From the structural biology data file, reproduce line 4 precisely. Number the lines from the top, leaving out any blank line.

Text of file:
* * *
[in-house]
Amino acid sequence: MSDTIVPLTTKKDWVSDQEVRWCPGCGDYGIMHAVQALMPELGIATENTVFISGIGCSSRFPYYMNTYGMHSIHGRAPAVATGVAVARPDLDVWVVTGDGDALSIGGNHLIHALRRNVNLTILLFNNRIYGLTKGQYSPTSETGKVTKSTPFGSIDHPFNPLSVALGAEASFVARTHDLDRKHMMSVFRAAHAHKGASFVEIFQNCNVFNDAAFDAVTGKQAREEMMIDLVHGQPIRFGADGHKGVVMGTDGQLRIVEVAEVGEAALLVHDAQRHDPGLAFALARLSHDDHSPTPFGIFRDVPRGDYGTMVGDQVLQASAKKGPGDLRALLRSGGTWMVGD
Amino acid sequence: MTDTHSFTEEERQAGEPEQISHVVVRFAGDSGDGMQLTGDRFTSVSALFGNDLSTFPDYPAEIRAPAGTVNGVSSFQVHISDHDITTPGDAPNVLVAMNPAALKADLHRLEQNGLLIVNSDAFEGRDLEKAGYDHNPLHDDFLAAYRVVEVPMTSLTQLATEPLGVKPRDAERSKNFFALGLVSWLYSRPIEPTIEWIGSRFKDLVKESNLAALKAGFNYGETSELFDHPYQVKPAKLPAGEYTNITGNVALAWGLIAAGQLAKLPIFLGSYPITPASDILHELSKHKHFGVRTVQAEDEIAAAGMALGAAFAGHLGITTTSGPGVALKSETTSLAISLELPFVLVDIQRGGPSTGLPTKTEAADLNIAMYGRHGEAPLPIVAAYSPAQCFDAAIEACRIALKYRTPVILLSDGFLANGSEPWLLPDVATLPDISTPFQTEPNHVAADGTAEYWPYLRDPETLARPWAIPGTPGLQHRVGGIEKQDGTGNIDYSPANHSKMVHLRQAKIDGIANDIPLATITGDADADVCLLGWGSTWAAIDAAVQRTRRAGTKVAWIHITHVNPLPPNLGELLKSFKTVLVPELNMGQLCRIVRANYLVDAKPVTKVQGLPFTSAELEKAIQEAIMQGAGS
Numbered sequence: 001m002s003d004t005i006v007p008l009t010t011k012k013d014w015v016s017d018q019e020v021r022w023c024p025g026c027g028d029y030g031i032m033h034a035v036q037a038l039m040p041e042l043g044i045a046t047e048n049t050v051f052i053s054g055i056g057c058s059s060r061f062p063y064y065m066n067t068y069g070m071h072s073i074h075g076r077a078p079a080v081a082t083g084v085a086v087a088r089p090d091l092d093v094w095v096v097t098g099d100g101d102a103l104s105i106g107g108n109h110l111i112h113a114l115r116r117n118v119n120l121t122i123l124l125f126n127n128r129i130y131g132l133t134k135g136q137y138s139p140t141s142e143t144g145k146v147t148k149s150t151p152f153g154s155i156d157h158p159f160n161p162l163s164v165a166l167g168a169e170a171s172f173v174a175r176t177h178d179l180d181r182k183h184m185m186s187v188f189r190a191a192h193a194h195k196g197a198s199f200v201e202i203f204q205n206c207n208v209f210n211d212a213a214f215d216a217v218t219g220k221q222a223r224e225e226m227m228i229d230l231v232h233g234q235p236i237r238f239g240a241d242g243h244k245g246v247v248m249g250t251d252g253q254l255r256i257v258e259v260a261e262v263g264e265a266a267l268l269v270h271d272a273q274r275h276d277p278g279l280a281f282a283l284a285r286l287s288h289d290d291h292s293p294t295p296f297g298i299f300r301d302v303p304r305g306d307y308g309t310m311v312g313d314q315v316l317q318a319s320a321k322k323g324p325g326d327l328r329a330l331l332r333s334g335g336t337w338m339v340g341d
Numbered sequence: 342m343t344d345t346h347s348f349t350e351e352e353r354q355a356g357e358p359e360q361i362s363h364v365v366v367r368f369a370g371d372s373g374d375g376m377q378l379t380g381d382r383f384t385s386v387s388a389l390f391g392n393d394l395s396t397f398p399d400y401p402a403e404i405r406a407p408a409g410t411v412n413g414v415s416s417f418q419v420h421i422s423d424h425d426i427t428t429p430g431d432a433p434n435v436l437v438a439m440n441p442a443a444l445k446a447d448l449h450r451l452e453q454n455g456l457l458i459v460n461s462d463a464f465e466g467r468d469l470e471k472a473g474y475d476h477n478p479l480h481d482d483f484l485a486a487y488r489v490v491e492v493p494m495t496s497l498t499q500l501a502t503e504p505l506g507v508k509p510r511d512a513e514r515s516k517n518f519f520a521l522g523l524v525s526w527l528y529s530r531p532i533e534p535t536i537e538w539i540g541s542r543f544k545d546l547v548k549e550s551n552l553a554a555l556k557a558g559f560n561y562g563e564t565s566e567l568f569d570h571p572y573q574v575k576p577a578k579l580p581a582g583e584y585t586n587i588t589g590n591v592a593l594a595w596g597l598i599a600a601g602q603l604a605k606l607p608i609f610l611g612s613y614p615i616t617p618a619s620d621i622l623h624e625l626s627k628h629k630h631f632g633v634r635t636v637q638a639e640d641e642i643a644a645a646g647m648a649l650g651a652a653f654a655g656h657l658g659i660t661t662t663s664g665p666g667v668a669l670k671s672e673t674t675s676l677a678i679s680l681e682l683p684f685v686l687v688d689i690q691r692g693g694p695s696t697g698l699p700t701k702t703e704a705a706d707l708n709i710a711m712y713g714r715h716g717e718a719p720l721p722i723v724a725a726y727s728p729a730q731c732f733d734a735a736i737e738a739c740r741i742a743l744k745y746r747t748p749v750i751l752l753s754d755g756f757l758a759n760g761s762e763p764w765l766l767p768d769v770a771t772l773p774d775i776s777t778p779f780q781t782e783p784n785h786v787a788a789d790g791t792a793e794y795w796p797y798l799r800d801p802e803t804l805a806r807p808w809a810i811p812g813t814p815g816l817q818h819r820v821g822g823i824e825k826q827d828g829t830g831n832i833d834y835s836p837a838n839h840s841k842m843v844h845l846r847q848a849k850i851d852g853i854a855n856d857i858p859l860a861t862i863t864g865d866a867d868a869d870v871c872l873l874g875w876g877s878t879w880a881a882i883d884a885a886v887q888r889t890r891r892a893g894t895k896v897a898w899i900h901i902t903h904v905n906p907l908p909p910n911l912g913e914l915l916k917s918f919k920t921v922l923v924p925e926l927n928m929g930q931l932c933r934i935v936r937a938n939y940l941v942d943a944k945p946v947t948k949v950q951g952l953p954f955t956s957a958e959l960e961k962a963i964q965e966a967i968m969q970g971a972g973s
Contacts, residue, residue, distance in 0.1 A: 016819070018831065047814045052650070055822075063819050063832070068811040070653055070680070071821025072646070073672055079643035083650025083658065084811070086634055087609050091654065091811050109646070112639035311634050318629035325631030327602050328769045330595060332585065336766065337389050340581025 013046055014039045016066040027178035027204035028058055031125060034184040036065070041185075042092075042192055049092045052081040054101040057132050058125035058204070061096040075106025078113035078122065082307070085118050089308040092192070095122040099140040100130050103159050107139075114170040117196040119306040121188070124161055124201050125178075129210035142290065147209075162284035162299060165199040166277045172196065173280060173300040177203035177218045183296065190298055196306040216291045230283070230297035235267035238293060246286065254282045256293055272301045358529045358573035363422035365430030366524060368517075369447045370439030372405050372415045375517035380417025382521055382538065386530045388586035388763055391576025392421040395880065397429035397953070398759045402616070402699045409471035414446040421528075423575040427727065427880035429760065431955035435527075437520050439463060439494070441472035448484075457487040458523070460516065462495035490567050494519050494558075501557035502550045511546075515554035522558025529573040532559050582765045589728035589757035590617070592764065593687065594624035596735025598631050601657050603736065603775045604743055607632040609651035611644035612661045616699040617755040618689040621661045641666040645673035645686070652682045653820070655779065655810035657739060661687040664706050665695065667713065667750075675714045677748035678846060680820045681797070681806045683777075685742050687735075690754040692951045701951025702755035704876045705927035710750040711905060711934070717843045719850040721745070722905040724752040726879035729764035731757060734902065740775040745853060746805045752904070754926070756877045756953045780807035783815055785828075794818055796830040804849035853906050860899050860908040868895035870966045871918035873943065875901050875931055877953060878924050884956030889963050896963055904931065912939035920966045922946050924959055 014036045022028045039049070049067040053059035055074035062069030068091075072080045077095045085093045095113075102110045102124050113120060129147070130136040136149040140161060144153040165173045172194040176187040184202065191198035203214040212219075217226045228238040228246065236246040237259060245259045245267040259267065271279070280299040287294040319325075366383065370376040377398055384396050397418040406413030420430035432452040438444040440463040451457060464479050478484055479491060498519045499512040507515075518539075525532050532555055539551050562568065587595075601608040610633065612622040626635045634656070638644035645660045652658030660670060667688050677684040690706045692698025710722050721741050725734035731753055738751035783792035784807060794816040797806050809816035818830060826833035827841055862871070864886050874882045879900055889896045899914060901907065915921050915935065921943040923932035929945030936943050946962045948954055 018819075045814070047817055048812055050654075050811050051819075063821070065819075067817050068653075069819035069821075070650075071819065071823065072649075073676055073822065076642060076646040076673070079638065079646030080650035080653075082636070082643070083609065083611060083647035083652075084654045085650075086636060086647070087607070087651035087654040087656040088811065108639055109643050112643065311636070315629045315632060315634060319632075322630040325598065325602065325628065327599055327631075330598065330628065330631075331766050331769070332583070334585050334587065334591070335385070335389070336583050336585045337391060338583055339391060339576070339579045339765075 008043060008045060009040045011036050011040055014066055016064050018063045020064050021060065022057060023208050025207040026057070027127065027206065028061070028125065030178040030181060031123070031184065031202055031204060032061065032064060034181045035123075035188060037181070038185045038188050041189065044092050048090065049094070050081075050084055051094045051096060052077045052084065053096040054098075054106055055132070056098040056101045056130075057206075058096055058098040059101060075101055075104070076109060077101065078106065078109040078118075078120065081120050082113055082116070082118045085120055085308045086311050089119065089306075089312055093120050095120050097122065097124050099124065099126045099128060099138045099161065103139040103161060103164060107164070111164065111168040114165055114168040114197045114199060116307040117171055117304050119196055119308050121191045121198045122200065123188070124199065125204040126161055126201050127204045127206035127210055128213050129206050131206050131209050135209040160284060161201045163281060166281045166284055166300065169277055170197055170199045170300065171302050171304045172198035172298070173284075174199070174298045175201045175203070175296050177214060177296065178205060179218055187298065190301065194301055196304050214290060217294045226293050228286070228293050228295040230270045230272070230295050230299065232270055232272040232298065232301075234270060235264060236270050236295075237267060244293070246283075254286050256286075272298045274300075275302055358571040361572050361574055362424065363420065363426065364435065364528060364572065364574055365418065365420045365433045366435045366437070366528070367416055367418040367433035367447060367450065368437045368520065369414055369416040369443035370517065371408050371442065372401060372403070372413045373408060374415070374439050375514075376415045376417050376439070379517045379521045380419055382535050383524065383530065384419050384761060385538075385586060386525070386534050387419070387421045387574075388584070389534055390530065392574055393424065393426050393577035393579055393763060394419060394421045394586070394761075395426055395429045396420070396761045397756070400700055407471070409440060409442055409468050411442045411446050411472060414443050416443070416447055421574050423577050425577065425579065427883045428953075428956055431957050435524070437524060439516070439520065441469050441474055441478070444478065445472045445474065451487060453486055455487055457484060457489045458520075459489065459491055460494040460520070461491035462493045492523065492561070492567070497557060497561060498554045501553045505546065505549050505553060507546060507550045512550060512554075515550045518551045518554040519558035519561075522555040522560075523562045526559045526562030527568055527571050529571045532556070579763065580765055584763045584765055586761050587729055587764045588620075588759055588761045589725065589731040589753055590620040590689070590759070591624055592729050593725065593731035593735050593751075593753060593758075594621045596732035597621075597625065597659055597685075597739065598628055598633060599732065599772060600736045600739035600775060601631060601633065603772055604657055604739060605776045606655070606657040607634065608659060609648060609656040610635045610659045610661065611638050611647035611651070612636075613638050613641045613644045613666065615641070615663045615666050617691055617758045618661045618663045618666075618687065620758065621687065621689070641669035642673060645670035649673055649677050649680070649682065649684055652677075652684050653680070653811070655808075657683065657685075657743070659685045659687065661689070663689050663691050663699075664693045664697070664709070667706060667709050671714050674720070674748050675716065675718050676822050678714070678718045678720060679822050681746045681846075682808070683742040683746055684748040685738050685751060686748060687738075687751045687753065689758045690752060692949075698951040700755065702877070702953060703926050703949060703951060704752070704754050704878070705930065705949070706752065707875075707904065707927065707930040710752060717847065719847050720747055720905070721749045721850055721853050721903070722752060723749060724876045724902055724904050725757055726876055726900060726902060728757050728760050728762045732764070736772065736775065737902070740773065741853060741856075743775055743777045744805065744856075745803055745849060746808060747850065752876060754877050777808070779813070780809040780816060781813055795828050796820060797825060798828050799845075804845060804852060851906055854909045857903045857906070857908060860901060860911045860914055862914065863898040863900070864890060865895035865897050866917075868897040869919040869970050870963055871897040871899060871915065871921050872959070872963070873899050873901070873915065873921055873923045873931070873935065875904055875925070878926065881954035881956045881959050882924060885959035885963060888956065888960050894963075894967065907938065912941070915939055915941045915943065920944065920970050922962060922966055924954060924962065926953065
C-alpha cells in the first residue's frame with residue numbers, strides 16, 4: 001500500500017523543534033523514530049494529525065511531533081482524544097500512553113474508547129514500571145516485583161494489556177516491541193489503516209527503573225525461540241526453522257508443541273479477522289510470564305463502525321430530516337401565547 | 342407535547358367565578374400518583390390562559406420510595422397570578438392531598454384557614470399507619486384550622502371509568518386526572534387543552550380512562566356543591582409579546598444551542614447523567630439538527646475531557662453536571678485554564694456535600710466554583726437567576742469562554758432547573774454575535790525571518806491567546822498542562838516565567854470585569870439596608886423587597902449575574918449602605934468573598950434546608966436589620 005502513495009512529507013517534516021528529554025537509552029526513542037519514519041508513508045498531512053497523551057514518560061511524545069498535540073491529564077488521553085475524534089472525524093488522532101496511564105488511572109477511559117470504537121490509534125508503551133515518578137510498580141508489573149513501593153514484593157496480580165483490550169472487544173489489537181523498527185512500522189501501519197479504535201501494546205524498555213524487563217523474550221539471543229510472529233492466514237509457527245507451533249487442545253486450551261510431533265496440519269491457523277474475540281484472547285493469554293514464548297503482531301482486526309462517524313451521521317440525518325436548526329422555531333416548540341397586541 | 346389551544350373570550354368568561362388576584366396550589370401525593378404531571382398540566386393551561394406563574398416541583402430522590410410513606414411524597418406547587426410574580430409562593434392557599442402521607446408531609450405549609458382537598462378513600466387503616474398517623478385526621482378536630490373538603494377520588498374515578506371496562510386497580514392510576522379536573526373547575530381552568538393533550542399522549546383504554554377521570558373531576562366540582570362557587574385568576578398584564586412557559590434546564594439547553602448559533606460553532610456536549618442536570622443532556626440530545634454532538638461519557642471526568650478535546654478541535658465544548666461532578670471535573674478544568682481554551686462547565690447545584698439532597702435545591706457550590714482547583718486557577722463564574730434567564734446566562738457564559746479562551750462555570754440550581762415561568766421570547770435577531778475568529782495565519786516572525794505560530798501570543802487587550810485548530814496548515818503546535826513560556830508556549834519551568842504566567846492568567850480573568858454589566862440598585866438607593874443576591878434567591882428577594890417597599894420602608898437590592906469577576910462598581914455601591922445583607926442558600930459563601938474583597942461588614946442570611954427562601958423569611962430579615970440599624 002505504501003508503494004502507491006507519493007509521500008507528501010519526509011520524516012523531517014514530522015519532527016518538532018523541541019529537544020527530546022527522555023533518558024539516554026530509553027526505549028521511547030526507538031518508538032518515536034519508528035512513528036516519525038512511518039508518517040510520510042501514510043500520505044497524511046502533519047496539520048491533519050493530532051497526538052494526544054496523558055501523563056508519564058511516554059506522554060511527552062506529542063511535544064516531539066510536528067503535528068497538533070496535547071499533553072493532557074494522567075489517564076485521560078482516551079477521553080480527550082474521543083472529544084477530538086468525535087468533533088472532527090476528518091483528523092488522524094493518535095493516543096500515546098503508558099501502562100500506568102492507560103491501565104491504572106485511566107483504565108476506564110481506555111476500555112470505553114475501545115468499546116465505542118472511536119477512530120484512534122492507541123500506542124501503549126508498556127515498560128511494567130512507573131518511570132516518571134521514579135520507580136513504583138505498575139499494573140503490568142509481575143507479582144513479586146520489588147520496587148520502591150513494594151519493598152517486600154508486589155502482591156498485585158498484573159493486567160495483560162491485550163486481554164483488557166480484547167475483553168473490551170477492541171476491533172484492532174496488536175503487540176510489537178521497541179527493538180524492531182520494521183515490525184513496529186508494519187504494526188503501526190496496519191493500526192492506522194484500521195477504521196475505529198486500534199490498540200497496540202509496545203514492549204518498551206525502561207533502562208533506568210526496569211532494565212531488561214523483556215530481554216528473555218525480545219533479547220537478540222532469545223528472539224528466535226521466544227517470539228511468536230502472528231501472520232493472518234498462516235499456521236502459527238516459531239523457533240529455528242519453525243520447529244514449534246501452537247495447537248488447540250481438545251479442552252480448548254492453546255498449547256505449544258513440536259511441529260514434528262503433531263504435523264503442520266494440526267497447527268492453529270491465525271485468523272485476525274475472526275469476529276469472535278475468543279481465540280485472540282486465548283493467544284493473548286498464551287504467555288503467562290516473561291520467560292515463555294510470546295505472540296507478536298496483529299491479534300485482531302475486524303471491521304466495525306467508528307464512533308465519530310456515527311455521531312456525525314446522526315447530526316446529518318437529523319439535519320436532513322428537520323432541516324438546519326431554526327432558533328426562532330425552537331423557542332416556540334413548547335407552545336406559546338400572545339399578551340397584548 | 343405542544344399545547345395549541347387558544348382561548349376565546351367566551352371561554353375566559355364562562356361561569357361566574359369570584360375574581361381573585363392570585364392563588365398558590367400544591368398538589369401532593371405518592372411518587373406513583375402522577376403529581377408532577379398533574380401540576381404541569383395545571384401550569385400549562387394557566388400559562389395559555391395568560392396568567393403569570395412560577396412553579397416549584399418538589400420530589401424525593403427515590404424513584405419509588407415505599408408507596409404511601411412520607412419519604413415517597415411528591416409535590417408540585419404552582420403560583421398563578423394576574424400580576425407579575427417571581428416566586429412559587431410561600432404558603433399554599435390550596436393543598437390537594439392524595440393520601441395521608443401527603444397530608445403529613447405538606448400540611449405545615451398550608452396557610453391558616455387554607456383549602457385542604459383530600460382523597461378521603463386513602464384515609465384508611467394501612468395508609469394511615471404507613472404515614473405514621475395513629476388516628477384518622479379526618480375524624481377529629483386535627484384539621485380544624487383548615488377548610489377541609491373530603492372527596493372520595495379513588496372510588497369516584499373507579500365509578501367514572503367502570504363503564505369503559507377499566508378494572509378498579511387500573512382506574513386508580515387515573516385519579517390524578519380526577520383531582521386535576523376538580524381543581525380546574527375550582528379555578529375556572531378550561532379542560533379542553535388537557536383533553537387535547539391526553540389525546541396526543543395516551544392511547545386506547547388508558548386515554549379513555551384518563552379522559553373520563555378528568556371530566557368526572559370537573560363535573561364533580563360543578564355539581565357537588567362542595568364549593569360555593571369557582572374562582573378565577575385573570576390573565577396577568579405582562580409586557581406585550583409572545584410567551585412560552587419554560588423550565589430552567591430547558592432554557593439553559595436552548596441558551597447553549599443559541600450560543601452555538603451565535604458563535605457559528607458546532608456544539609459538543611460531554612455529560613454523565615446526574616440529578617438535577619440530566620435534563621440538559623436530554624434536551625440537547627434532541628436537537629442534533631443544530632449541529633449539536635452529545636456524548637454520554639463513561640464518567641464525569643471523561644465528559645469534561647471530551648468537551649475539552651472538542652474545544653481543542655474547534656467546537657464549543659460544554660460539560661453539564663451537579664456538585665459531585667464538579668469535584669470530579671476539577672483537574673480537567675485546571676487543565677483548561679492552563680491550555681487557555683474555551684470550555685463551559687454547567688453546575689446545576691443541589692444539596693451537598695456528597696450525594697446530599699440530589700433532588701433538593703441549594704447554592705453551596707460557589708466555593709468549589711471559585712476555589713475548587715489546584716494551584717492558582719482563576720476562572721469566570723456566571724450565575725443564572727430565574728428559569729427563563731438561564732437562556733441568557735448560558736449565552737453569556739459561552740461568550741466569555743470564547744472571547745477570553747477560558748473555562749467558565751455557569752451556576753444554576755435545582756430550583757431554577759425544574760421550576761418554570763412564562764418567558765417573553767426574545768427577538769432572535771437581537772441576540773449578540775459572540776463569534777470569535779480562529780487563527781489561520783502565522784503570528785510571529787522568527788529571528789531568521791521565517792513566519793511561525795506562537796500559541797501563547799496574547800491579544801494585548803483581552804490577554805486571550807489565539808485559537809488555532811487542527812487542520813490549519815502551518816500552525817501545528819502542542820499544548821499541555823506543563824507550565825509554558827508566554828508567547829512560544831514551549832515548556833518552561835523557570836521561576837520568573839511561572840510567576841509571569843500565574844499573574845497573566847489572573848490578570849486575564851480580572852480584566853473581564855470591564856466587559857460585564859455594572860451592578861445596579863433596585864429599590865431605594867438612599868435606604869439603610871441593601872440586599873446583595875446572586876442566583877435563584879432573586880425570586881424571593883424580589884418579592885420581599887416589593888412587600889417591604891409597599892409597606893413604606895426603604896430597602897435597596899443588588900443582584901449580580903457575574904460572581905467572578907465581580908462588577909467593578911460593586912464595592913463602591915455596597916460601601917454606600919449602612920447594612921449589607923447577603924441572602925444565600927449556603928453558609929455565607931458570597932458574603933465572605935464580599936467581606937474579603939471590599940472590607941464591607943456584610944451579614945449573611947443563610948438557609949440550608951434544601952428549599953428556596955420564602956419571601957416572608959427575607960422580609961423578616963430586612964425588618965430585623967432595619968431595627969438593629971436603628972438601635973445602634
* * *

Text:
Numbered sequence: 001m002s003d004t005i006v007p008l009t010t011k012k013d014w015v016s017d018q019e020v021r022w023c024p025g026c027g028d029y030g031i032m033h034a035v036q037a038l039m040p041e042l043g044i045a046t047e048n049t050v051f052i053s054g055i056g057c058s059s060r061f062p063y064y065m066n067t068y069g070m071h072s073i074h075g076r077a078p079a080v081a082t083g084v085a086v087a088r089p090d091l092d093v094w095v096v097t098g099d100g101d102a103l104s105i106g107g108n109h110l111i112h113a114l115r116r117n118v119n120l121t122i123l124l125f126n127n128r129i130y131g132l133t134k135g136q137y138s139p140t141s142e143t144g145k146v147t148k149s150t151p152f153g154s155i156d157h158p159f160n161p162l163s164v165a166l167g168a169e170a171s172f173v174a175r176t177h178d179l180d181r182k183h184m185m186s187v188f189r190a191a192h193a194h195k196g197a198s199f200v201e202i203f204q205n206c207n208v209f210n211d212a213a214f215d216a217v218t219g220k221q222a223r224e225e226m227m228i229d230l231v232h233g234q235p236i237r238f239g240a241d242g243h244k245g246v247v248m249g250t251d252g253q254l255r256i257v258e259v260a261e262v263g264e265a266a267l268l269v270h271d272a273q274r275h276d277p278g279l280a281f282a283l284a285r286l287s288h289d290d291h292s293p294t295p296f297g298i299f300r301d302v303p304r305g306d307y308g309t310m311v312g313d314q315v316l317q318a319s320a321k322k323g324p325g326d327l328r329a330l331l332r333s334g335g336t337w338m339v340g341d